Again, it is contended by counsel for appellee that there was an overvaluation placed upon the property of the Surplus Trading Company for the year 1922. The record shows that, on April 21, 1.922, the Surplus Trading Company purChased from the United States 87,143 blankets situated on the Camp Pike Military Reservation in Pulaski County, Arkansas, and paid therefor the sum of $138,492.65. These blankets were sold afterwards by the Surplus Trading Company to various persons at a profit. It was the duty of the Surplus Trading Company to assess its Property situated in Pulaski County, Arkansas. Beal–Doyle Dry Goods Co. v. Beller, 105 Ark. 370, 150 S.W. 1033. Not having done so, it became the duty of the assessor to assess the property under the provisions provided for the manner of listing property erroneously left off the tax-roll. The valuation placed upon the property by the assessor was $100,000. If the Surplus Trading Company thought that the assessor had placed an excessive valuation upon the property, when compared with the value placed upon similar property, it should have pursued the remedy provided for its relief under the statute. Having failed to pursue this remedy, the courts cannot give any relief. Clay County v. Bank of Knobel, 105 Ark. 450, 151 S.W. 1013, and cases cited. In State v. Little, 94 Ark. 217, 126 S.W. 713, 29 L.R.A. (N.S.) 721 we quoted with approval froth well-known authorities on taxation the following: "The courts, either of common law or equity, are powerless to give relief against the erroneous judgments of assessing bodies, except as they be especially empowered by law to do so."
It was there said that the text quoted is a rule of general application. Under the principles of law above decided, we are of the opinion that the assessment of 1922 must stand, and that the sheriff had a right to institute an action for the collection of the assessment and penalty.
The case with reference to the assessment for 1923 stands on a different footing. The testimony in the case with reference to the ownership of the property is very voluminous, but we are of the opinion that the record plainly shows that the United States sold all the rest of the property belonging to it, situated on the Camp Pike Military Reservation, to an honorary commission appointed by the Governor of the State of Arkansas for the benefit of the Arkansas National Guard, and that said honorary commission appointed the Surplus Trading Company as its agent to sell said property. The title to the property was in said honorary commission, and the Surplus Trading Company was to advance the money necessary for the payment of the purchase price to the United States. After the Surplus Trading Company had been reimbursed for the purchase money advanced by it, it was to receive half of the profits for selling the property and for advancing the purchase price. This is the effect of our decision upon the same state of facts in Adkins v. Kalter, 171 Ark. 1111, 287 S.W. 388. The assessment was made by the assessor in 1923 on certain moneys deposited in various banks in the city of Little_Rock to the credit of said honorary commission. The assessment was made by the assessor upon the theory that part of the Money belonged to the Surplus Trading Company and it had failed to assess the same as required by law. Under the facts stated, as we construe them, this money deposited in the various banks in Little Rock to the credit of the honorary commission did not belong to the Surplus Trading Company at the time the assessment was made. It belonged to the honorary commission, as trustee for the benefit of the Arkansas National Guard, and was, on that account, the property of the State. It is true that the Surplus Trading Company had earned a portion of it by its services in the matter, as above stated, but it did not actually have any right to the money until the honorary commission settled with it and paid it for its services. Until that was done, the case would stand like that of any other agent who had performed services for his principal and had collected money for him, but had not yet been paid for his services. Under this state of the record we have the case of an illegal assessment and not one of excessive valuation or an erroneous assessment. The assessment being absolutely void, the assessor had no right to make it. As we have already seen, the suit was brought by the collector to recover taxes from the Surplus Trading Company, and it was proper for the chancellor to grant all relief, legal or equitable, to which the parties in the lawsuit were entitled. Fulcher v. Dierks Lumber & Coal Co., 164 Ark. 261, 261 S.W. 645.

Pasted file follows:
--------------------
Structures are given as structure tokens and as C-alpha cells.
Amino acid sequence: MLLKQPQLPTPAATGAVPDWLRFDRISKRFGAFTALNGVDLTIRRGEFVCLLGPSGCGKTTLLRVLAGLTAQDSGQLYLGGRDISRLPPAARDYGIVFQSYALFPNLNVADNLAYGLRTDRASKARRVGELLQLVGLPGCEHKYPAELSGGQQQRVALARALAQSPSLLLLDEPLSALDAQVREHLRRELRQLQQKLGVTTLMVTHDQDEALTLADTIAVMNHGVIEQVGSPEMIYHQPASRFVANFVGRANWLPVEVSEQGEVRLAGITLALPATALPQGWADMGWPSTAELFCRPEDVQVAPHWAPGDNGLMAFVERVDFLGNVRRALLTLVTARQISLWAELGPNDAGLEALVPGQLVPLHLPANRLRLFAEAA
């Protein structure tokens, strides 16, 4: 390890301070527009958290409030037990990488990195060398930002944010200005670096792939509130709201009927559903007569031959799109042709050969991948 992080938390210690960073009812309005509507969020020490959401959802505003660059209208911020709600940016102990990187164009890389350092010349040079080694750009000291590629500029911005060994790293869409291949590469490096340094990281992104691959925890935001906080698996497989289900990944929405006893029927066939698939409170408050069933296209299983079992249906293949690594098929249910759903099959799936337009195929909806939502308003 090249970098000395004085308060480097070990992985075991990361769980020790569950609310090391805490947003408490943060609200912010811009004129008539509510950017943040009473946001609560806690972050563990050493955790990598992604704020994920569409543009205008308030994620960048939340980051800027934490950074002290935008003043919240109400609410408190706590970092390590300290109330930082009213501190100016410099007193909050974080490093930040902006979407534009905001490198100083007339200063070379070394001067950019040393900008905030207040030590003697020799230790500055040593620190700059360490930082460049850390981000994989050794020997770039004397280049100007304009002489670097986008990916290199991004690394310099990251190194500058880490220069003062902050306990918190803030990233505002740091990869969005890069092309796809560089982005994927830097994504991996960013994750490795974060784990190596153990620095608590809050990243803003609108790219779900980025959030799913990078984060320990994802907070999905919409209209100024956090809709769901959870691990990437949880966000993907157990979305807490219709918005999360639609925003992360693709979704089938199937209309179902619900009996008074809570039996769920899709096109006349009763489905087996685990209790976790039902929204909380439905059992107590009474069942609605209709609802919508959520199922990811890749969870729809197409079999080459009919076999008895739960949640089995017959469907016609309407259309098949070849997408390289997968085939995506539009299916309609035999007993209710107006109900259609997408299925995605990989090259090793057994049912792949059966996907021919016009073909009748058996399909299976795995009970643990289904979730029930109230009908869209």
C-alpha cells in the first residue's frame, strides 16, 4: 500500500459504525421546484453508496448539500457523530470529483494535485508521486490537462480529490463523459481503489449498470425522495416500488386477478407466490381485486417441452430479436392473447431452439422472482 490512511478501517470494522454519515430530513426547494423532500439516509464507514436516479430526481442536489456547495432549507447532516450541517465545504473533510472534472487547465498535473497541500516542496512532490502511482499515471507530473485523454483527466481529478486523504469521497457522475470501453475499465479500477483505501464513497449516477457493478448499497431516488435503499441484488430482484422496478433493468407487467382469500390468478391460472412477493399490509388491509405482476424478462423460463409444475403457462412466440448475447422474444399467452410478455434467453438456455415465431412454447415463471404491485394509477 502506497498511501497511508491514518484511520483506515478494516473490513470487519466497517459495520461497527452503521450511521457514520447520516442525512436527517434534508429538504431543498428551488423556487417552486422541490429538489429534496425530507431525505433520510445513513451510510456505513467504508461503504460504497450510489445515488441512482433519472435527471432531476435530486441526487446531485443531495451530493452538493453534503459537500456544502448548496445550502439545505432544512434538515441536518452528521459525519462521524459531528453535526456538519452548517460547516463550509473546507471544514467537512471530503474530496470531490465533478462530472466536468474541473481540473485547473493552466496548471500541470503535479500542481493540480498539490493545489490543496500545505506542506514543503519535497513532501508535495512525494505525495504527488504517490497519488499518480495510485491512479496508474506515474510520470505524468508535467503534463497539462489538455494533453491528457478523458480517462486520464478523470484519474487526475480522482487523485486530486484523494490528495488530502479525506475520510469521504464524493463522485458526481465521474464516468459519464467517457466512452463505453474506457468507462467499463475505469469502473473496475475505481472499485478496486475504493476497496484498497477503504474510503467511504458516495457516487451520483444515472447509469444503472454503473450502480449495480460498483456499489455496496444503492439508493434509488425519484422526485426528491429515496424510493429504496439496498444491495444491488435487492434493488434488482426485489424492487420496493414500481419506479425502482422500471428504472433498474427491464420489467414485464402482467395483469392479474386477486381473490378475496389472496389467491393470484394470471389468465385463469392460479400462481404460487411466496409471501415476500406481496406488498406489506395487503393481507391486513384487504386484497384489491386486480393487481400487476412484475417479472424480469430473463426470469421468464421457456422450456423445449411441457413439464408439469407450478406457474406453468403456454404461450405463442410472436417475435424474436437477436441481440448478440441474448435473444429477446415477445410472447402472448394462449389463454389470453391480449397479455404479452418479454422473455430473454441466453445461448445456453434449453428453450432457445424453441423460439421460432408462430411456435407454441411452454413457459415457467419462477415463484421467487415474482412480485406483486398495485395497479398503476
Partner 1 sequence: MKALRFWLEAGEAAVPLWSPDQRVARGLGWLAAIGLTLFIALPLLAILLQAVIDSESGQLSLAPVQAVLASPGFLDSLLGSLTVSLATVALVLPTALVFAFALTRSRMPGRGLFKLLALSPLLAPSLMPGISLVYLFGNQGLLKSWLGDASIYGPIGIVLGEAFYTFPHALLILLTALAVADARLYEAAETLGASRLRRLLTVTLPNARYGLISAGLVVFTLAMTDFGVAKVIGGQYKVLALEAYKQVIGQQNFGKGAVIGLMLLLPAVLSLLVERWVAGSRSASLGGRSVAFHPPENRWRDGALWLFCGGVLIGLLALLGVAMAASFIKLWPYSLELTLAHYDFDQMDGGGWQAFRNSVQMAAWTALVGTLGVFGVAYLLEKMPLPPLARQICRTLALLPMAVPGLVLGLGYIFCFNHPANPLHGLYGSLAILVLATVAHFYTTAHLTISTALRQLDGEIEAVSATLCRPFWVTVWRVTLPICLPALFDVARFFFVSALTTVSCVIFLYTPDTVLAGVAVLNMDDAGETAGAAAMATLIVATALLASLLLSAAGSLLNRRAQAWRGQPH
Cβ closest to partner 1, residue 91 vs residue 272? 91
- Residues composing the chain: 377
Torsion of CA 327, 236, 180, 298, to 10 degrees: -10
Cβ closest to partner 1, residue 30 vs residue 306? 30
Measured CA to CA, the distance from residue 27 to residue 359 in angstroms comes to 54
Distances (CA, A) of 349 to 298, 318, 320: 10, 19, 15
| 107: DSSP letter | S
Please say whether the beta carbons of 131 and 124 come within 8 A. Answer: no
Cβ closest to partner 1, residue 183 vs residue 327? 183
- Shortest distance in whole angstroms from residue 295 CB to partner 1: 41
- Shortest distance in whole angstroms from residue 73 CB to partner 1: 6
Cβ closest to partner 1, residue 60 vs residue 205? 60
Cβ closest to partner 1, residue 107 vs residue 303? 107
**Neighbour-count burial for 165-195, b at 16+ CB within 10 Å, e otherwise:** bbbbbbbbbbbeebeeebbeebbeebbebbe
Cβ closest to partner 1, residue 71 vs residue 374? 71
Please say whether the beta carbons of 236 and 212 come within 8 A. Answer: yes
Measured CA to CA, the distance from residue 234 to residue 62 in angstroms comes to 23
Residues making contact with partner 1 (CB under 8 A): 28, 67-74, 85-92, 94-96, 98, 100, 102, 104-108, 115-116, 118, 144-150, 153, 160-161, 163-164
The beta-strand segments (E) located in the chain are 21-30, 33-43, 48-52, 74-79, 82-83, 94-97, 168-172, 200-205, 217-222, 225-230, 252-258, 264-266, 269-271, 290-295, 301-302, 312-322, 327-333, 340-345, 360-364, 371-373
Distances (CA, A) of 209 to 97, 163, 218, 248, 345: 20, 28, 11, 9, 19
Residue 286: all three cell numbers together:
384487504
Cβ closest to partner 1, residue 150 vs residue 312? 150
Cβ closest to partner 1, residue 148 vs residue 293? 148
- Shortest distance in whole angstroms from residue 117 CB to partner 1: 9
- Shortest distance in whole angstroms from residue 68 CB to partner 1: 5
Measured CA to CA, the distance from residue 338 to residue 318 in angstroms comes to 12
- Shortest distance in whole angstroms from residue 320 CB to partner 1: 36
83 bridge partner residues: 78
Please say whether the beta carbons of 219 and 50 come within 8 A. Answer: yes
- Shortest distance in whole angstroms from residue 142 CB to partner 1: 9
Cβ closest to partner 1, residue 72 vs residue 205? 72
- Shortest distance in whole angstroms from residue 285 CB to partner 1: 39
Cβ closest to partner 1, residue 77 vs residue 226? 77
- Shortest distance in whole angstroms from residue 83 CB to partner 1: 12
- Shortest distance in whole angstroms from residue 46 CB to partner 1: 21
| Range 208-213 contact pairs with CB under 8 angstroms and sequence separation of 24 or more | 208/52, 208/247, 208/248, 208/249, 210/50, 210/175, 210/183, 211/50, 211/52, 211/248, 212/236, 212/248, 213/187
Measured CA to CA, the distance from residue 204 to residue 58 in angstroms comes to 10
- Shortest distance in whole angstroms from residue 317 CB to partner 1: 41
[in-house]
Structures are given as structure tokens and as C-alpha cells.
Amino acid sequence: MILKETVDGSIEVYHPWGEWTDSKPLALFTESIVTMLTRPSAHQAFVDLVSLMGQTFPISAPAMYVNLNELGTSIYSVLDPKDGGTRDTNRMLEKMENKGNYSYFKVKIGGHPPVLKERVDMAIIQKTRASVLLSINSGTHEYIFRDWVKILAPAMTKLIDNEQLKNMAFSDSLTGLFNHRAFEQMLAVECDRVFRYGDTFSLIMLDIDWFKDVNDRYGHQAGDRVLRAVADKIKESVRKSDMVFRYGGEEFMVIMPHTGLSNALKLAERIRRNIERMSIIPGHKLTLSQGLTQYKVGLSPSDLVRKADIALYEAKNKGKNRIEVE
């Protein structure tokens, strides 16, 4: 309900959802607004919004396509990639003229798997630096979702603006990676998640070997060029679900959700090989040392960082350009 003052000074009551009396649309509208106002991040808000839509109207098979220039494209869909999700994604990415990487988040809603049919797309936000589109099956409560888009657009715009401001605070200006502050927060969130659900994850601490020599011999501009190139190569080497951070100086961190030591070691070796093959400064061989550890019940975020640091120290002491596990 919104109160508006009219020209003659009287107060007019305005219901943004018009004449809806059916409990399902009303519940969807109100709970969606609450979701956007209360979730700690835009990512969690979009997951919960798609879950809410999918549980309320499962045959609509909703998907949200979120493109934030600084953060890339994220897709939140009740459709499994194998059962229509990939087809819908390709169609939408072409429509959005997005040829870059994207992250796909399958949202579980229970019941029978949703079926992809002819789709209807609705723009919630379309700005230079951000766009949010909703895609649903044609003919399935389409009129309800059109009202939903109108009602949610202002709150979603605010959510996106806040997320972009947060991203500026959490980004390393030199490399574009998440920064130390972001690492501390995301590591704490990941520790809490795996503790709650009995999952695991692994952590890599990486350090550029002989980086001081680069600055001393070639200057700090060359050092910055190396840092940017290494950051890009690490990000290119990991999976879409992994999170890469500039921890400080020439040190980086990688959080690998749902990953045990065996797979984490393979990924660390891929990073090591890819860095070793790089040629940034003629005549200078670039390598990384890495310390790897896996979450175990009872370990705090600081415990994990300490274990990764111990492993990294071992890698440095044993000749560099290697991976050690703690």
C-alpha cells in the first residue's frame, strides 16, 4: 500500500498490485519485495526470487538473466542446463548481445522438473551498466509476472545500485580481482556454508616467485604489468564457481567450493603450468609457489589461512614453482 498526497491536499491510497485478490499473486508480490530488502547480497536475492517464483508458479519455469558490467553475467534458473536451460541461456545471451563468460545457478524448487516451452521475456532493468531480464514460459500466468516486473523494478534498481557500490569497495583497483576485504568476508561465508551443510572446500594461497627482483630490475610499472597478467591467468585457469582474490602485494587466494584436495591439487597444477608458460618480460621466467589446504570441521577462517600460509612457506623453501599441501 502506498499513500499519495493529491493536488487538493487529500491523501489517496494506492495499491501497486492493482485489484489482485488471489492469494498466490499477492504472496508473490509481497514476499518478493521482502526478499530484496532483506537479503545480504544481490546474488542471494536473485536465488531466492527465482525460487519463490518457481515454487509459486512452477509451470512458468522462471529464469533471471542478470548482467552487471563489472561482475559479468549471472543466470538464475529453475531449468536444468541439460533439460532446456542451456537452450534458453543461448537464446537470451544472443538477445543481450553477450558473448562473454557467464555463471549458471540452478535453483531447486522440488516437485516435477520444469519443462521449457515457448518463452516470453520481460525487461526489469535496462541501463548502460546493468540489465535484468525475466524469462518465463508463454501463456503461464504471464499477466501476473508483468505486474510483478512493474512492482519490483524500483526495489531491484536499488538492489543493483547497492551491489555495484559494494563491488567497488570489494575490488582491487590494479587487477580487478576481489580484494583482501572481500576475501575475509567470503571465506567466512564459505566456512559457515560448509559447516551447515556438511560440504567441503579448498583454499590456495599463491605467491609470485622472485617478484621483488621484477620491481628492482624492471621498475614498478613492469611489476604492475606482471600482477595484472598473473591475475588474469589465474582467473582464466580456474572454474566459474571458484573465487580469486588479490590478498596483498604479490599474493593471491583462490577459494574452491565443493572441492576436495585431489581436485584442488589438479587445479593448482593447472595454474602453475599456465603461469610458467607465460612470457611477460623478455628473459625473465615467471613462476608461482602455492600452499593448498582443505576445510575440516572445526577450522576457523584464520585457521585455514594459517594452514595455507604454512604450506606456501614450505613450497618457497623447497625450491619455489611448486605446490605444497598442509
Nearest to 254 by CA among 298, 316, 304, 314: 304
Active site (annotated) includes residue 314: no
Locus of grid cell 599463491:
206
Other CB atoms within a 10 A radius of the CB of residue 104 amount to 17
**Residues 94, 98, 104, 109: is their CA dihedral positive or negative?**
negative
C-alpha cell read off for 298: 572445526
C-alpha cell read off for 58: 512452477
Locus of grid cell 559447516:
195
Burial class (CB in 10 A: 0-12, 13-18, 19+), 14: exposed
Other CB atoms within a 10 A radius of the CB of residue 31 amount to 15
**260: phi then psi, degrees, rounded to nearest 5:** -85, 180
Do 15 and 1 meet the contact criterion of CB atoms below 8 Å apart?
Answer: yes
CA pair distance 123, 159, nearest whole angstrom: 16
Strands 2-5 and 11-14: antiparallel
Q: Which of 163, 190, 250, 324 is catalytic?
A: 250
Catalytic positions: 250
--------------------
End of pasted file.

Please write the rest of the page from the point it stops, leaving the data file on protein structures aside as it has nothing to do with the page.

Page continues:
The result of our views is that the chancellor should have held the assessment for the year 1923 to be illegal and void, and properly restrained the sheriff from collecting any amount of taxes from the Surplus Trading Company under it. The chancery court, however, erred in holding that the sheriff and collector was not entitled to recover the taxes for the year 1922 and the penalties provided by the statute, as indicated in the opinion.
Therefore the decree will be reversed, and the cause will be remanded with the directions to allow the sheriff and collector to recover against the Surplus Trading Company the amount of taxes and penalties for the year 1922. It is so ordered.